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9 Ways to Stand Out As A Conference or Tradeshow Speaker

Last Thursday, I spent the day at my first event of 2008 called the Social Networking Conference (SNC) in Miami to present a session called "Secrets of Creating Talkability."  The event kicks of a string of speaking appearances I will be making over the next few months as I start to get ready for my book launch in March.  The SNC event was far more vendor-friendly than many others I have been to … allowing vendors to do full 30 minute presentations about their products and even running these sessions at the same time as the educational sessions.  With all these competing sessions, it got me thinking about the necessity of standing out as a speaker to get the most value out of participating at these events.  So I thought this Monday I would share a few tips on what I have found works when it comes to standing out as a speaker at a tradeshow, conference or other industry event.

  1. Have a simple theme – Speaking is not that much different from messaging a product or brand.  You need to go in having a theme for what you will be talking about and a central message you want to leave people with.  Focusing on what this message should be to best help you get value out of your appearance (without overtly pitching or being too "salesy") is a necessity
  2. Fly solo – You can be part of a panel, moderate a panel, or have your own session.  If you can pull it off, I highly recommend trying to get your own session.  If you can create something memorable and engaging, the value of that appearance can go straight to you without being shared.  In perception also, speakers who have their own sessions tend to be looked at by other attendees as the biggest experts.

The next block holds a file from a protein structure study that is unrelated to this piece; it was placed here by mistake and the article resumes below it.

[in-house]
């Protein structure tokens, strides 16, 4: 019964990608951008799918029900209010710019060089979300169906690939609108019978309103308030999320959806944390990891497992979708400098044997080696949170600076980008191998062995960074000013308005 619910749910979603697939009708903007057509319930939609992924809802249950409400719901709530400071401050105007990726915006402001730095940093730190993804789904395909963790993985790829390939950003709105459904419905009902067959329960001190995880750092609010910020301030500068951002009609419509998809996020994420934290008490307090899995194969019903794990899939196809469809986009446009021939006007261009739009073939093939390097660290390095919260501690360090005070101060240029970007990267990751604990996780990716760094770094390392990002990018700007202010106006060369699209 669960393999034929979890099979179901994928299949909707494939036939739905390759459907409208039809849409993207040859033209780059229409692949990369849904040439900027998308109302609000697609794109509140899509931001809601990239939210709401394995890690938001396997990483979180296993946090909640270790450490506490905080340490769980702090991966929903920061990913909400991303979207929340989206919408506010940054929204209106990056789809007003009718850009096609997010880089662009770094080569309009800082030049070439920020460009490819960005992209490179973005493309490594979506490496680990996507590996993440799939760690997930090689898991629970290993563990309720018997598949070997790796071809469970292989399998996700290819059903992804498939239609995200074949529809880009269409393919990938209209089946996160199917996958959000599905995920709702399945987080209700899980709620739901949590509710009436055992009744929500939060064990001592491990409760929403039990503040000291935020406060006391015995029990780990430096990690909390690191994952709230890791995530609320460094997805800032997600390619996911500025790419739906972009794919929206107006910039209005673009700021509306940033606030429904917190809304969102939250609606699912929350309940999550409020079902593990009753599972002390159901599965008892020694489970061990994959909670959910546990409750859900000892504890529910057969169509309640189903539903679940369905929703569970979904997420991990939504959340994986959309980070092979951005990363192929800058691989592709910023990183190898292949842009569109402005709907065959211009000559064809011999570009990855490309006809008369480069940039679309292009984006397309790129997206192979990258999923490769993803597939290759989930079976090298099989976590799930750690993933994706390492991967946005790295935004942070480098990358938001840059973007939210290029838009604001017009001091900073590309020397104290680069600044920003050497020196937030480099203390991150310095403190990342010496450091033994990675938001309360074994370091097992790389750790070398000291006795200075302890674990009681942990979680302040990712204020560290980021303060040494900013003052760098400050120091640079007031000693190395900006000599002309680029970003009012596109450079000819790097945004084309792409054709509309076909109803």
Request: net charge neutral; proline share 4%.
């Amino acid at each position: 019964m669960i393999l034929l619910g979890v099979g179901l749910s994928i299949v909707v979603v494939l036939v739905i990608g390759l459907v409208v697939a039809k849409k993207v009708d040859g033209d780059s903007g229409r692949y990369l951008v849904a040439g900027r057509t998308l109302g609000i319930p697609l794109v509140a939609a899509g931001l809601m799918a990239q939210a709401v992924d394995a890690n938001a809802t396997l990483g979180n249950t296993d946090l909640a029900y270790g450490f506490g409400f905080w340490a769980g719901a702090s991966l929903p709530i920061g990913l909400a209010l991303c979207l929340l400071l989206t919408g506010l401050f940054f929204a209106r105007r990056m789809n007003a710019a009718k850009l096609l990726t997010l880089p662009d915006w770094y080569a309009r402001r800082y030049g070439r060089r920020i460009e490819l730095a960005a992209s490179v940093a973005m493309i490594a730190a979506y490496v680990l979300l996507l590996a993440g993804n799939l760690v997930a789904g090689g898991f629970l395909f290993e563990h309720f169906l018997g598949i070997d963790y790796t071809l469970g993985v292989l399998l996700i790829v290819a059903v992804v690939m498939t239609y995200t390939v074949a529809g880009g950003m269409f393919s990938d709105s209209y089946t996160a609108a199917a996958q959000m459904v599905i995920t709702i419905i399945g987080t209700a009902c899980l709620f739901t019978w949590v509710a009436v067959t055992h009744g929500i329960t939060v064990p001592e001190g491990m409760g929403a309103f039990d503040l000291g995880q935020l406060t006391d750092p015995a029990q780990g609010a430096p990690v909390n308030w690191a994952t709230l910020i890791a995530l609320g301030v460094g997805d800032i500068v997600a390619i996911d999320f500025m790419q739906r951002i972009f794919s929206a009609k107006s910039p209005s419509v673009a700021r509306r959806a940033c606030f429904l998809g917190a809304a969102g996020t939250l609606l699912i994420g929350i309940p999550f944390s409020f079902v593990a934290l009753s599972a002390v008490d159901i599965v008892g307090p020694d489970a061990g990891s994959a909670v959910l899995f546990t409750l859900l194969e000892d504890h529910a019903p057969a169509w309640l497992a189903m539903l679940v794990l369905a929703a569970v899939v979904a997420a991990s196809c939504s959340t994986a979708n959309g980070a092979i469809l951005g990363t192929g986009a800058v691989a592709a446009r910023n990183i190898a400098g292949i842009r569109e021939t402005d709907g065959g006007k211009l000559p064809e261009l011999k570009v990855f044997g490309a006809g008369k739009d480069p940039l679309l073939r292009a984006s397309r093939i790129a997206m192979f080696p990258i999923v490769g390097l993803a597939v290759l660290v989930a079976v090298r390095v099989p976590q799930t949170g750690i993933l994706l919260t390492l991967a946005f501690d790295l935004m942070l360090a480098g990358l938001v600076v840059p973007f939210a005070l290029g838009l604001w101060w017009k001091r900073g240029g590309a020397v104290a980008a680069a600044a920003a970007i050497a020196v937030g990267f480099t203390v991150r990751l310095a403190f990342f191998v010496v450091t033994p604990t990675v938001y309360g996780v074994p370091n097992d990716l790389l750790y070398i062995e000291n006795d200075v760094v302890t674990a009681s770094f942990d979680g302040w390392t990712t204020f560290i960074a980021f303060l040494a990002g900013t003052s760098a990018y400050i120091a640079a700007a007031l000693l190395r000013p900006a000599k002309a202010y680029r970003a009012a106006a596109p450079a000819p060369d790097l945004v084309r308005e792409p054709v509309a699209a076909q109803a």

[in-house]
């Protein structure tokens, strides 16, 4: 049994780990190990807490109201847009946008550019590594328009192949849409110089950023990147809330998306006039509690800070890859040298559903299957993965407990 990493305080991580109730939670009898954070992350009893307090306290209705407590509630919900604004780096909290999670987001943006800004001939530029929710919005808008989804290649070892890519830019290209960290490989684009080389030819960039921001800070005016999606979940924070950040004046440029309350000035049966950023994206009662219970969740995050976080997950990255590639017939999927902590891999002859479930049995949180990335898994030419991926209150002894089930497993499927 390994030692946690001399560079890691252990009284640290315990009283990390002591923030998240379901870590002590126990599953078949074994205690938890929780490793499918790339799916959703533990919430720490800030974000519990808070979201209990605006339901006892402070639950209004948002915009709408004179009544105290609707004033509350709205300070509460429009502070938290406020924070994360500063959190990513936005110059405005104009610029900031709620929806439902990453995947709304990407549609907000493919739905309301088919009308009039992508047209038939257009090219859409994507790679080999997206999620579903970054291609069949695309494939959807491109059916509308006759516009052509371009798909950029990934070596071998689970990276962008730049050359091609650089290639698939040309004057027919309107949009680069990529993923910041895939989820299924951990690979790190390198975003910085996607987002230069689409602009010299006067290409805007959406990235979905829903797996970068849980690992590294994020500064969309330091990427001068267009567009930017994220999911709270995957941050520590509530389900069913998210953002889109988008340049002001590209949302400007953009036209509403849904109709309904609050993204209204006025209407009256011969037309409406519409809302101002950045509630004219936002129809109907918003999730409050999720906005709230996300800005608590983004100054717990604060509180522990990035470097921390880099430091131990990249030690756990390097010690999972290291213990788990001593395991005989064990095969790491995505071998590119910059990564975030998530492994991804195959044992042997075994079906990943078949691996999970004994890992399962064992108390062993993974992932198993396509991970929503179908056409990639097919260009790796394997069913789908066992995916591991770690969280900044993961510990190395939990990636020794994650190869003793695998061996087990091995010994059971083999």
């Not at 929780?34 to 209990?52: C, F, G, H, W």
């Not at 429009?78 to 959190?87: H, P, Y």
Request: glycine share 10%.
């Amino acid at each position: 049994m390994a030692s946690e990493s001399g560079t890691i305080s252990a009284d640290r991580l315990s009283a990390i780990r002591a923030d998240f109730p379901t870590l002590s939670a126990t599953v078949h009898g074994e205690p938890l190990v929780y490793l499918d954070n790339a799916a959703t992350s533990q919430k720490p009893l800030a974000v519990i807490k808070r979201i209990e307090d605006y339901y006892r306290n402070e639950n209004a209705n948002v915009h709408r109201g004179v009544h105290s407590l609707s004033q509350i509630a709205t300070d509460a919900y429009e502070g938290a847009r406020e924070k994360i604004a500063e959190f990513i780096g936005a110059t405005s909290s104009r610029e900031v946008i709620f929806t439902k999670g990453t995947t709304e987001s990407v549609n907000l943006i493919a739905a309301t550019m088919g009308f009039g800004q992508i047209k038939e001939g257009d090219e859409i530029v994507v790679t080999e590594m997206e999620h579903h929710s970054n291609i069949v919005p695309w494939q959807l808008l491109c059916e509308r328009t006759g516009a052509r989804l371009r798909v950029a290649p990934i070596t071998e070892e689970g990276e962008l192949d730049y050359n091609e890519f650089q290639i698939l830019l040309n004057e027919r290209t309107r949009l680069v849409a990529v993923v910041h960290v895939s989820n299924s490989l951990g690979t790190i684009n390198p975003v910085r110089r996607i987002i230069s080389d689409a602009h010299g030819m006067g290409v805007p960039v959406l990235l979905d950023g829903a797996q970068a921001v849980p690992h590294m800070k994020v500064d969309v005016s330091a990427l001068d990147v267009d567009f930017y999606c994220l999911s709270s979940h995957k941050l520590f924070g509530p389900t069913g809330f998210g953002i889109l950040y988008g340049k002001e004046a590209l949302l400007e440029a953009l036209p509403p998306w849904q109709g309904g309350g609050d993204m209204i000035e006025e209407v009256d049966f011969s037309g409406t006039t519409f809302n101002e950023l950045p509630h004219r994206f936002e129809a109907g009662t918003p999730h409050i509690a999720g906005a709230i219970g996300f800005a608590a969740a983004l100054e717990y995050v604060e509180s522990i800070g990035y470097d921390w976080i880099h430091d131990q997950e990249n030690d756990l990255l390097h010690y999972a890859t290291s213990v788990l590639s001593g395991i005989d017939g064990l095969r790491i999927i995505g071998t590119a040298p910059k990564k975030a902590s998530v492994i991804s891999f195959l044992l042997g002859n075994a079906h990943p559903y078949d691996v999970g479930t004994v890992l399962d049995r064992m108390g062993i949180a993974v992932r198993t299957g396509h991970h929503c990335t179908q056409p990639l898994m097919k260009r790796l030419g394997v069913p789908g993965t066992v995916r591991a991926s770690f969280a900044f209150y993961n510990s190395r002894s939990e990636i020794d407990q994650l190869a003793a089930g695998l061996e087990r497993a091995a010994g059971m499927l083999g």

3. Ditch the bullets, go visual – Before my presentation at SNC, I reread Garr Reynolds great book on presentations called Presentation Zen.  I highly recommend picking it up as it has many wonderful lessons on how to create a stronger presentation.  Chief among them is to use strong visuals and as little text as possible.  And definitely ditch the bullet points.
  4. Make your point quickly – Whether you have your own session or are part of a panel, this point is important to remember.  Much of the "conversation" on these panels consists of repetition.  The less you fall into this trap, the more people will respect and listen to you when you do speak.
  5. Ask and take questions – Taking questions while you talk is a great way to involve the audience, and even better is to ask questions to help tailor your presentation.  When I started my presentation about talkability at SNC, I asked who already had a social network and who was considering starting one to get a sense of the room.  It helped me to tailor my examples and discussion to what would be more useful for the audience.
  6. Talk last – Timing is another important element in standing out as a speaker, particularly when you are in a session with others.  Speaking last about a point gives you the chance to offer a unique and considered point of view, and also gives you the benefit of hearing other’s points of view first.  This is not about having the last word, but about having a chance to distill other’s voices and your own into a short point of view people will remember.
  7. Offer to connect – Adding a URL to the end of your presentation or mentioning one in a presentation is one way of offering to connect, but it is self serving.  Instead of doing that, I mentioned during my presentation that I love to try out new social networks and would be willing to try any new ones from people in the audience if they sent me an invite.  That alone resulted in more than a few follow up emails from people, invites to Linked In, followers on Twitter and several Facebook friend requests. 
  8. Stick around – The biggest mistake many speakers make is to run out of an event right after they present.  We are all busy, and it’s tough to afford to take an entire day out to speak and attend an event.  If you need to skip the event, my advice is to skip the part before you speak.  Sticking around after you speak is invaluable to give people a chance to connect with you.  And if you don’t do it, what’s the point of being at the event anyway?